As we talked about in the first two parts of this shrinking your warp series, some warps are straight forward: the repeat is regular and not too big, plus the stripes or colors are regular or nonexistent. Easy-peasy to shrink them down.
Some drafts are more complicated, but the same tools are all it takes to make your project fit the loom at hand. We recently dealt with this while developing a new summer napkin using the new Tubular Spectrum Tints and Tones with the classic Spectrum colors. The napkin idea is based on the original Tubular Spectrum Towel kit. That towel has 19 colors on a white base and is 23.5” wide in the reed.
This new napkin uses 5 colors to make stripes on a white background and is the same width as the original. This is the first draft for the new version:
OK, Fabulous. But we want to weave it on a Wolf Pup 4 Harness Loom, which is only 18” wide. However, we cannot just remove some rosepath repeats because the overall stripe color sequence is not regular. What to do? We can figure out how to make it narrower if we go back to the basics. Step 1…How many threads are in the original draft and Step 2…How many threads can you have in the new draft. It all starts there.
The original instructions have 565 ends (see the draft above).
The Wolf Pup can weave up to 18”. When we use 10/2 mercerized cotton sett at 24 epi, we can use a maximum of 432 ends (18” wide x 24 ends per inch) on a Wolf Pup loom. Therefore, we need to remove at least 133 ends.
There are two different approaches for how to reduce the pattern by 133 ends: (1) keep the number of colored stripes the same and swap the structure for a something that uses fewer ends, or (2) eliminate some of the stripes.
Let’s start with approach #1:
Keep the stripes the same and swap the structure for a something that uses fewer ends. The new warp is 75% as wide as the old warp, so if we eliminate approximately every fourth thread, we reach the new # of ends while maintaining the look of the original draft.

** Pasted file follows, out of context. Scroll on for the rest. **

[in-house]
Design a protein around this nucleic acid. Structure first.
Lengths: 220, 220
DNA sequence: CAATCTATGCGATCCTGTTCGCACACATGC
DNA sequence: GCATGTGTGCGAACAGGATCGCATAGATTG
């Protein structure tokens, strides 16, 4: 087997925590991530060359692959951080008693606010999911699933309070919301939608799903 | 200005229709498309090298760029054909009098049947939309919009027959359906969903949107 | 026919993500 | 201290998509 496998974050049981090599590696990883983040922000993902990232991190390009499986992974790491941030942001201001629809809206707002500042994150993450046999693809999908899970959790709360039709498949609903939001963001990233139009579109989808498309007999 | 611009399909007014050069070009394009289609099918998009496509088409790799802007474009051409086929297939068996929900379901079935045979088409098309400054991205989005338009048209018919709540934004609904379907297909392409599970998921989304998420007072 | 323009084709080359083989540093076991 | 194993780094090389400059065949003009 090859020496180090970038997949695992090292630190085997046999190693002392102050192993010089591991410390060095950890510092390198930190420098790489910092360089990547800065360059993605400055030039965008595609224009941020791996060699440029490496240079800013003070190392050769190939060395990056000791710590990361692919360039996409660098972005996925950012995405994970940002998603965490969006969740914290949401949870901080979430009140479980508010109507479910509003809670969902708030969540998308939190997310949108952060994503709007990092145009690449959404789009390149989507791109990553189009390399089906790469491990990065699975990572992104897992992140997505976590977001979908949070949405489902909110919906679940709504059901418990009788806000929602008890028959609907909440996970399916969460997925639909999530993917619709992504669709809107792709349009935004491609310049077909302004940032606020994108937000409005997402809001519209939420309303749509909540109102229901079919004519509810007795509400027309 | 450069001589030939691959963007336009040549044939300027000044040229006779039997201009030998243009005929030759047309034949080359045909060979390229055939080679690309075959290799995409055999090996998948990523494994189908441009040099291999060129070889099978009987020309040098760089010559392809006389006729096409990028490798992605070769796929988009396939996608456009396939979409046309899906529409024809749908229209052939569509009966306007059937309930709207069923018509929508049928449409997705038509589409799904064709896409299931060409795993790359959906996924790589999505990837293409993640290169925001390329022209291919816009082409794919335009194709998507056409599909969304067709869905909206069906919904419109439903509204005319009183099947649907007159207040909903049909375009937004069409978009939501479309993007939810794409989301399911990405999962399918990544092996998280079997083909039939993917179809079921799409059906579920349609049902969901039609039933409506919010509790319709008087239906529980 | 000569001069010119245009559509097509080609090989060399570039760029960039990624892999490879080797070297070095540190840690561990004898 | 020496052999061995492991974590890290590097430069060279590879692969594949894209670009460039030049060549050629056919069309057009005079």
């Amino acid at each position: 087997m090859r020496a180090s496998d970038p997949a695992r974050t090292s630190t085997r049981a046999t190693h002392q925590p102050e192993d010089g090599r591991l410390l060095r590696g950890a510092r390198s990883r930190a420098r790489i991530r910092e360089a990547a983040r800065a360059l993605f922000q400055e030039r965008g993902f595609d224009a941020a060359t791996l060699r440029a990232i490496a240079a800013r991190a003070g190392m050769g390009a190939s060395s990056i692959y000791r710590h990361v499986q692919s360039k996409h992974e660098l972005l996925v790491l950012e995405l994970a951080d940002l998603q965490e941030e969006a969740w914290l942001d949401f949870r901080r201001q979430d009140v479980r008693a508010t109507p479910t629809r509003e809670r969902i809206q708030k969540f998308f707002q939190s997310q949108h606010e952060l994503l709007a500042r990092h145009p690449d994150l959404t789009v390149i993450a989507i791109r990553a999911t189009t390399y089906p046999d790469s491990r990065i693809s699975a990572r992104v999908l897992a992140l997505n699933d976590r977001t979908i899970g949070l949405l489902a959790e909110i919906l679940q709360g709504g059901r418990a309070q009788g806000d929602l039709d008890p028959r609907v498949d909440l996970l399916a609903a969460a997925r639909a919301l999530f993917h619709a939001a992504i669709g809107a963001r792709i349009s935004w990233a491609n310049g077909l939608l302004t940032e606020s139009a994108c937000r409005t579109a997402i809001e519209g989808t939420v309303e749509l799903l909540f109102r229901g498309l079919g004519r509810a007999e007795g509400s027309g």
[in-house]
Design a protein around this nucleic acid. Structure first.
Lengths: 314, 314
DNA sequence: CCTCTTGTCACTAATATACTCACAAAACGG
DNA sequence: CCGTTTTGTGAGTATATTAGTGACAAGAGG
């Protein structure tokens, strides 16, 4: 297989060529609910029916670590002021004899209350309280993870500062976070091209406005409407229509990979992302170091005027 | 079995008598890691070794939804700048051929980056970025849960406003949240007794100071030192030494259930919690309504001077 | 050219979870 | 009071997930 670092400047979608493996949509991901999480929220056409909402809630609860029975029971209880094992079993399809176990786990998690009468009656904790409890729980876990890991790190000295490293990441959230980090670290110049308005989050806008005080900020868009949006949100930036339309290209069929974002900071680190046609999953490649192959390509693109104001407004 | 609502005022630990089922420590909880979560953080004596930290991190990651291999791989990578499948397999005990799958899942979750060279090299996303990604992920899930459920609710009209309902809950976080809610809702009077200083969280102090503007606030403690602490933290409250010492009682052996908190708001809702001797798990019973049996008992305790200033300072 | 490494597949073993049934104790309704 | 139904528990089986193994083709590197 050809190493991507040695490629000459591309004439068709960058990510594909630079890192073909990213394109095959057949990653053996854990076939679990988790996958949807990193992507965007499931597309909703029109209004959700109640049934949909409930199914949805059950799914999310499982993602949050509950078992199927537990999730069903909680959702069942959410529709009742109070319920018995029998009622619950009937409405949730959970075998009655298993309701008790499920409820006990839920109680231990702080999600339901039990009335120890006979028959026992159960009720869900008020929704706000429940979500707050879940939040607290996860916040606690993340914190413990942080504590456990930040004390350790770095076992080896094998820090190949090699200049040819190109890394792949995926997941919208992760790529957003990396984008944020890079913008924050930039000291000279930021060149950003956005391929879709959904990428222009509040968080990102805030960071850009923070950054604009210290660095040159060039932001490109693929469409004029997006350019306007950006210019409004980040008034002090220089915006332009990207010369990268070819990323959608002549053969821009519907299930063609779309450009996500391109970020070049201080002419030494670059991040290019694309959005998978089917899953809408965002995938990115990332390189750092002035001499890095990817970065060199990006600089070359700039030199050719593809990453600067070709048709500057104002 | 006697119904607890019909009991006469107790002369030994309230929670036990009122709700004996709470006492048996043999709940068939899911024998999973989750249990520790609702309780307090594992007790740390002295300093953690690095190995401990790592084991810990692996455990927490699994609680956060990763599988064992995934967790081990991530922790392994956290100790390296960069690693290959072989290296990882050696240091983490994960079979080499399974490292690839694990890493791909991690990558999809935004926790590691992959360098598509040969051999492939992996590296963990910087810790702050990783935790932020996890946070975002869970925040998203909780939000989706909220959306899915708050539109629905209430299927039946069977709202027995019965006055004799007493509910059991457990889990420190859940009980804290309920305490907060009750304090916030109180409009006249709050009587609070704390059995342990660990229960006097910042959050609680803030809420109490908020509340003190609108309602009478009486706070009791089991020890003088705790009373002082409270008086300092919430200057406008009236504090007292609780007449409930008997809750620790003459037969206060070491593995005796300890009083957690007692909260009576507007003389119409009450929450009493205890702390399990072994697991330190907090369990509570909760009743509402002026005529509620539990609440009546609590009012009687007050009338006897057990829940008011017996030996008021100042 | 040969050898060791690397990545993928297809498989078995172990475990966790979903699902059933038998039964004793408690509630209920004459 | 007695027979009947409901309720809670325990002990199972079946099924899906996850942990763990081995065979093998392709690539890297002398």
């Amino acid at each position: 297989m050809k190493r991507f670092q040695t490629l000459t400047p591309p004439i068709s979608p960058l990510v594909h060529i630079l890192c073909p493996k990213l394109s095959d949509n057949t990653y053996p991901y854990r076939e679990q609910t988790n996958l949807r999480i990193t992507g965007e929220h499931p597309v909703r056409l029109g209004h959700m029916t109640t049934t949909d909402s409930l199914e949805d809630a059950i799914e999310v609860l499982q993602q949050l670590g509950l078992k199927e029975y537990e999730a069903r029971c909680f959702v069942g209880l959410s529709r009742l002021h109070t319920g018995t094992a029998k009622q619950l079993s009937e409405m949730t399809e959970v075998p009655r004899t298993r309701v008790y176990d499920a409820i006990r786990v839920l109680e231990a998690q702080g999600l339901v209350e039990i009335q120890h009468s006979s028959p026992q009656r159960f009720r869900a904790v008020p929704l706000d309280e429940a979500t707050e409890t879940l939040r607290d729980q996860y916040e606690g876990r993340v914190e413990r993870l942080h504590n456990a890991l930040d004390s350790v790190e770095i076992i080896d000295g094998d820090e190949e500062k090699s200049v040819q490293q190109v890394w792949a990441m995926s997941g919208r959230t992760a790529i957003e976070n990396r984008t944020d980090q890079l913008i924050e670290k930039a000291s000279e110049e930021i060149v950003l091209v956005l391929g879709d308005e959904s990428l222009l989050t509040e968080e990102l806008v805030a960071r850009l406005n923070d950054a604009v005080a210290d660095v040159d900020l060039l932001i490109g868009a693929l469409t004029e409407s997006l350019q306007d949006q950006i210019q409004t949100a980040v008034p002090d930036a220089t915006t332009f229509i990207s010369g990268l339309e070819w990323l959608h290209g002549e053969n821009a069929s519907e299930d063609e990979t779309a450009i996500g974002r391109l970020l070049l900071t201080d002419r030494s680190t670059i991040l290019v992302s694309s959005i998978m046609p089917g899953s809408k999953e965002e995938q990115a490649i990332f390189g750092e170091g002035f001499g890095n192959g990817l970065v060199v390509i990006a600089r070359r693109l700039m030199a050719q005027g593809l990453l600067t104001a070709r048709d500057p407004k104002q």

This will give a lovely plain weave version of the original draft. See the following draft showing plain weave on a 4 shaft straight twill threading. The drawdown shows a plaid pattern created by weaving the weft colors in same order and number of threads as the warp colors. 416 ends which is evenly divisible by 4 (the number of ends in the threading repeat), 17.3″ wide in the reed. By the way, wolf pup looms come with 100 heddles per harness, but you can add more to each harness to accommodate wider patterns. Check availability of extra heddles here.
This is a small snip of the draft to show the threading, tieup and treadling closeup. The weft is shown as blue only to make the pattern visible in this small piece.
Now on to approach #2:
The Rosepath motif in the original draft uses threadings in an 8-thread repeat, with a 3 thread or 5 thread balance. In order to keep this particular rosepath threading (and there are lots of Rosepath threadings), while making the project narrower we have to get rid of some of the stripes. There are 26 ends in each of the stripe repeats with the narrower white stripes, so to eliminate 133 ends, we need just over 5 fewer stripes. The draft from approach #1 has 5 colored stripes with narrow white in between, then 2 colored stripes with wide white in between, then 5 colored stripes with narrow white in between, then 2 colored stripes with wide white in between, and a final 5 colored stripes with narrow white in between. In other words the stripe sequence is: 5,2,5,2,5.
To reduce the stripes overall, the number of stripes gets cut down to 3,2,3,2,3. This feels interesting, and retains the overall look of the draft without being so busy. Here is the reduced draft with Rosepath threading and treadling. 395 ends overall, approximately 16.5″ wide in the reed.
Here is a closeup of this pattern. Again the weft is shown in blue so you can see the pattern.
We like the draft so much, we made this pattern into a set of instructions to make a set of 4 napkins. If you would like your very own copy of the instructions, click here. We are going to weave a set or two for a summer picnic. Where ever we might be having that picnic this year…even if it is in our own backyard!
Any way you cut it, now you are in control of the size of your project from any draft!